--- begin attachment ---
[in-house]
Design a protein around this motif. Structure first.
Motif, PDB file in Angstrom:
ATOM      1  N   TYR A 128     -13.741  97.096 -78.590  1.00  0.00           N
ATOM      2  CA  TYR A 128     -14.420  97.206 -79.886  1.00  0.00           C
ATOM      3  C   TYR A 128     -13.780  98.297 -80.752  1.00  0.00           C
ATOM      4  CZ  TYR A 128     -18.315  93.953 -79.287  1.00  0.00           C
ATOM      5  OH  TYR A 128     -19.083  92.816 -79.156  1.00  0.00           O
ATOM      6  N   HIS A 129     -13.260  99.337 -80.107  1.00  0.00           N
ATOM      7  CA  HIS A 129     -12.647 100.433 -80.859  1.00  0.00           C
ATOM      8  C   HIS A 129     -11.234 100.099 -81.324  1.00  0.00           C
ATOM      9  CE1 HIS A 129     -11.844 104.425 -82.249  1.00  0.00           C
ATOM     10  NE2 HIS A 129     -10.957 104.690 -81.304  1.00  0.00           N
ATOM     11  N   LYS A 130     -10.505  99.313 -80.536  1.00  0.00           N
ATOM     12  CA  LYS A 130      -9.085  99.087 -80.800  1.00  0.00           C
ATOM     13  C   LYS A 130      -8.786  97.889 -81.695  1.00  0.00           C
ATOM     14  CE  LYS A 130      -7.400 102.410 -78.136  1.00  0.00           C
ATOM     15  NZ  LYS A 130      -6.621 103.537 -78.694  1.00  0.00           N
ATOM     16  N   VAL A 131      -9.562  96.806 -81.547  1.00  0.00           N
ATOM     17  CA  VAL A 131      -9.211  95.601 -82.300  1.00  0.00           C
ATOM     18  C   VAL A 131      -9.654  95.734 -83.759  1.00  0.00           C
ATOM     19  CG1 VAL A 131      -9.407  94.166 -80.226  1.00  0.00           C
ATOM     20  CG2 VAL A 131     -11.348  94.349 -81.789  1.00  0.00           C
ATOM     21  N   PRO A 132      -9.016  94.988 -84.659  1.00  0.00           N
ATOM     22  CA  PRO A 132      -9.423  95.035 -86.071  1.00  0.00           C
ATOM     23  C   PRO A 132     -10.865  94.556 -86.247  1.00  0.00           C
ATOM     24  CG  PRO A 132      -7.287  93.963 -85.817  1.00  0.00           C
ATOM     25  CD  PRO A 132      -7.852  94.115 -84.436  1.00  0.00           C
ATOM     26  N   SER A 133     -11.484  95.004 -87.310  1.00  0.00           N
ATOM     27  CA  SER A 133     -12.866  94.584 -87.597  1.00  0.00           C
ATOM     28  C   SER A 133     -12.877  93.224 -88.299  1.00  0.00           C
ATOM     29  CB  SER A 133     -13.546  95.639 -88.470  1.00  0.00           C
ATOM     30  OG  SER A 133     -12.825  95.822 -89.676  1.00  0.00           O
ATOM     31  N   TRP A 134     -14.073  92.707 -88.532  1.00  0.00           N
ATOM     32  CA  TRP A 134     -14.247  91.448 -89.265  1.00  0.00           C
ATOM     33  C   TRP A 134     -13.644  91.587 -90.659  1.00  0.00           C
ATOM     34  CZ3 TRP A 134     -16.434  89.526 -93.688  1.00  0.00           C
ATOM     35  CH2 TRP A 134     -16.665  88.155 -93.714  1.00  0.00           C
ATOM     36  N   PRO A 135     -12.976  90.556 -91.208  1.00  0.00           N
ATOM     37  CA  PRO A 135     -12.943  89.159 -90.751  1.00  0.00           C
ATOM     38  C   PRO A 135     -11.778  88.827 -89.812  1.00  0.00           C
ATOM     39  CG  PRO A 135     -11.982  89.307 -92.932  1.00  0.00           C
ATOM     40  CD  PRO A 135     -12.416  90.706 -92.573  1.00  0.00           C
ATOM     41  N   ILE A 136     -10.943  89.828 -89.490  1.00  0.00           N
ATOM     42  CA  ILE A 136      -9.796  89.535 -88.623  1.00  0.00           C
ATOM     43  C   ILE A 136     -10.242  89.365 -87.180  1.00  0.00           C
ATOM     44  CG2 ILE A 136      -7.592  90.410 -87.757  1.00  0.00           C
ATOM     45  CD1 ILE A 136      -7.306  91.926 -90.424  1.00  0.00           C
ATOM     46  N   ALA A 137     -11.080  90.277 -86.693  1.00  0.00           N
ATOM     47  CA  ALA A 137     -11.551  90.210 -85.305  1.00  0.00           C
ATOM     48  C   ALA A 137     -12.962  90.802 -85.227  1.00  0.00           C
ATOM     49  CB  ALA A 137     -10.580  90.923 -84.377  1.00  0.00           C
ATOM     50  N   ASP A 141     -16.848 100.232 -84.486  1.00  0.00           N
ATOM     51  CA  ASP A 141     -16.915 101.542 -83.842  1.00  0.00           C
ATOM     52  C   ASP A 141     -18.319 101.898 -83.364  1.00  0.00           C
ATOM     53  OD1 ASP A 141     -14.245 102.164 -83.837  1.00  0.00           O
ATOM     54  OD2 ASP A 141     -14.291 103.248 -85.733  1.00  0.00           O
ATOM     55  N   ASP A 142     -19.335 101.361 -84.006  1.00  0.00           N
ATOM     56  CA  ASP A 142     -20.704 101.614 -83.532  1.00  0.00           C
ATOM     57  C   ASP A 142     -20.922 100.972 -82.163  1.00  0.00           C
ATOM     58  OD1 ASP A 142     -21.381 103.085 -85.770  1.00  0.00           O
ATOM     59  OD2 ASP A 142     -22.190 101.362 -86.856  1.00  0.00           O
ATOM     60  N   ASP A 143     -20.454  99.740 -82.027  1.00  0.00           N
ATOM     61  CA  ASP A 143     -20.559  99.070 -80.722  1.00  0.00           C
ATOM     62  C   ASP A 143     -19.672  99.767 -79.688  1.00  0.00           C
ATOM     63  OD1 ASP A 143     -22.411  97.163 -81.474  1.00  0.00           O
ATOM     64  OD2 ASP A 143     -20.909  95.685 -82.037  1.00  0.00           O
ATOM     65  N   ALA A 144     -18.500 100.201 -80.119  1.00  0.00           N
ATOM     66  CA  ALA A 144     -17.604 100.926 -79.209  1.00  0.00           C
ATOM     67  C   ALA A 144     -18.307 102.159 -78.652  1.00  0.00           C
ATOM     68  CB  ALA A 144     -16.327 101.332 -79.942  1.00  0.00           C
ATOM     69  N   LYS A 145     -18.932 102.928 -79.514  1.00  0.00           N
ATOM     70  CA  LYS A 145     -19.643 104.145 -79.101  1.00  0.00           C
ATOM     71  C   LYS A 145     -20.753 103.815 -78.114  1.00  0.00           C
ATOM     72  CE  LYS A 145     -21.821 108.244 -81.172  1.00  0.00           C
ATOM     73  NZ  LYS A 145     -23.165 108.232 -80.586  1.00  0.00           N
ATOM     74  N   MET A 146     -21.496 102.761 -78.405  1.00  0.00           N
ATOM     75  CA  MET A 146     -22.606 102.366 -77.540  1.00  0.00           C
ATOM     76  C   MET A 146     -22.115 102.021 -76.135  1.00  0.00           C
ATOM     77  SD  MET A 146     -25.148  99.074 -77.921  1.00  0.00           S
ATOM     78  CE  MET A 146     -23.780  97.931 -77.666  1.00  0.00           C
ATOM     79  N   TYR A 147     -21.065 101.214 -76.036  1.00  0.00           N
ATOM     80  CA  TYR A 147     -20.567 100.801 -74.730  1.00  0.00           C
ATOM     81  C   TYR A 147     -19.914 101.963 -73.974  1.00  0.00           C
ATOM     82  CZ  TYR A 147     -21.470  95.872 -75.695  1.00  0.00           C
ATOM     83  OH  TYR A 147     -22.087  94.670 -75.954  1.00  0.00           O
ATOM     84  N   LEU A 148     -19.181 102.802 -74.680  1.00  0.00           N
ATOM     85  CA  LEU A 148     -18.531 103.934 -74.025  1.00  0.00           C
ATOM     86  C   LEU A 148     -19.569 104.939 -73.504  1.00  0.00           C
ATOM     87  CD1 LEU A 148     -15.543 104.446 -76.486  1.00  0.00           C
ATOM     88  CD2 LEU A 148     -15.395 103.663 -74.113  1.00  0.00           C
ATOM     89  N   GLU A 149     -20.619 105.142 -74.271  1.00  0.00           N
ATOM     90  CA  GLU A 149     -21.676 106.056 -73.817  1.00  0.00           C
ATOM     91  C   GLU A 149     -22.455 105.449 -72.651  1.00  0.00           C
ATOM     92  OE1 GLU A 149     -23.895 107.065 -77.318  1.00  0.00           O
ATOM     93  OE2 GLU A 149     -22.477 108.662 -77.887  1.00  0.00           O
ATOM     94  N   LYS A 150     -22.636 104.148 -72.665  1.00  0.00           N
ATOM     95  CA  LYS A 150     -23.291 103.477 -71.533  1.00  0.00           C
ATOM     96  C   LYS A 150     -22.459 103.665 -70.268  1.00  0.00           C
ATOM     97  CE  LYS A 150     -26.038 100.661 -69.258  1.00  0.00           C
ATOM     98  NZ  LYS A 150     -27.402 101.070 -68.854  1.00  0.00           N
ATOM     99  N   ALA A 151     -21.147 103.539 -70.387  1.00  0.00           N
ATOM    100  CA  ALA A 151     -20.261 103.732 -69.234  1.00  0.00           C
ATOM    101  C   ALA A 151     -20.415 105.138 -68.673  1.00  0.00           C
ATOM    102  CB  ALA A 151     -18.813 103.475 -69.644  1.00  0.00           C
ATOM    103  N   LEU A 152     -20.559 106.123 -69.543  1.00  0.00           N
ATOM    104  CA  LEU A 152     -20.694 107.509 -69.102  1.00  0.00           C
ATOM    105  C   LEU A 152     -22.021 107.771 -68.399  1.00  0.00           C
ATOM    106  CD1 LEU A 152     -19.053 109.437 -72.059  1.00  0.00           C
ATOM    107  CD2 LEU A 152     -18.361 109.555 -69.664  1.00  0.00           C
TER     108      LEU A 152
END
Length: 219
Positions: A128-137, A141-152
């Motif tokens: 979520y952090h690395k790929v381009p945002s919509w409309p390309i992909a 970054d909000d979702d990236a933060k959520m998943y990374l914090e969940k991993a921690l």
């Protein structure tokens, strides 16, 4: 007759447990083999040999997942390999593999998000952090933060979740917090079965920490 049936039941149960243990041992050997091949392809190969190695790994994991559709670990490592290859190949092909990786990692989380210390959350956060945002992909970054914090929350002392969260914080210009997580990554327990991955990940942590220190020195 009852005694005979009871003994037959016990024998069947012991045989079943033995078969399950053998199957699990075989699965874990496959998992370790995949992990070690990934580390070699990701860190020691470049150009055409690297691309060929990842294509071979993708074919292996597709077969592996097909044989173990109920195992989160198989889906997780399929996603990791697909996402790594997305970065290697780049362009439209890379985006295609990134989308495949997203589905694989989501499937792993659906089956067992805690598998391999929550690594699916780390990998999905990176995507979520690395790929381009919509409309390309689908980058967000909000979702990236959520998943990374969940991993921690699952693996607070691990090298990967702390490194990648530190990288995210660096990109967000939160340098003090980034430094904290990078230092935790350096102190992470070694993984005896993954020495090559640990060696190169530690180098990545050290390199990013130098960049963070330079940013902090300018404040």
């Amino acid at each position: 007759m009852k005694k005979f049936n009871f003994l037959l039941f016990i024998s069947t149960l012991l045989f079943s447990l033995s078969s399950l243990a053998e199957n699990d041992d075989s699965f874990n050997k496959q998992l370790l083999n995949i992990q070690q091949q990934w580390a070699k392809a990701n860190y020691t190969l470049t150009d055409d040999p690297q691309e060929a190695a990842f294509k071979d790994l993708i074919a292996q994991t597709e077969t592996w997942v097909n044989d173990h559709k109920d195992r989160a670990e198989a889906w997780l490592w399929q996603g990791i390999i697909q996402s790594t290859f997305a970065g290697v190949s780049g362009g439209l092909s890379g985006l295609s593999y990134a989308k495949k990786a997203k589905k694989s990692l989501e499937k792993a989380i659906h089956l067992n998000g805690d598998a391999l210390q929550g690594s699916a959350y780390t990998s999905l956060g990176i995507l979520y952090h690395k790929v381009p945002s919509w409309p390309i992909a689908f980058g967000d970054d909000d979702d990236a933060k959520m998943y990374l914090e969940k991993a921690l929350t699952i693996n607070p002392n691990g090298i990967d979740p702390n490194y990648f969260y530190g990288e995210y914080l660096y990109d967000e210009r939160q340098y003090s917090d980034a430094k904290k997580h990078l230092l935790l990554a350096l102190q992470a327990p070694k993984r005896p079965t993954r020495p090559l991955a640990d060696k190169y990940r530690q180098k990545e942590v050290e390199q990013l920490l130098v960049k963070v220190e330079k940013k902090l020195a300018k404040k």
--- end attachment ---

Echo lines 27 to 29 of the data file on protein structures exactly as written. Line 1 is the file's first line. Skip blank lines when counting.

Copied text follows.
ATOM     24  CG  PRO A 132      -7.287  93.963 -85.817  1.00  0.00           C
ATOM     25  CD  PRO A 132      -7.852  94.115 -84.436  1.00  0.00           C
ATOM     26  N   SER A 133     -11.484  95.004 -87.310  1.00  0.00           N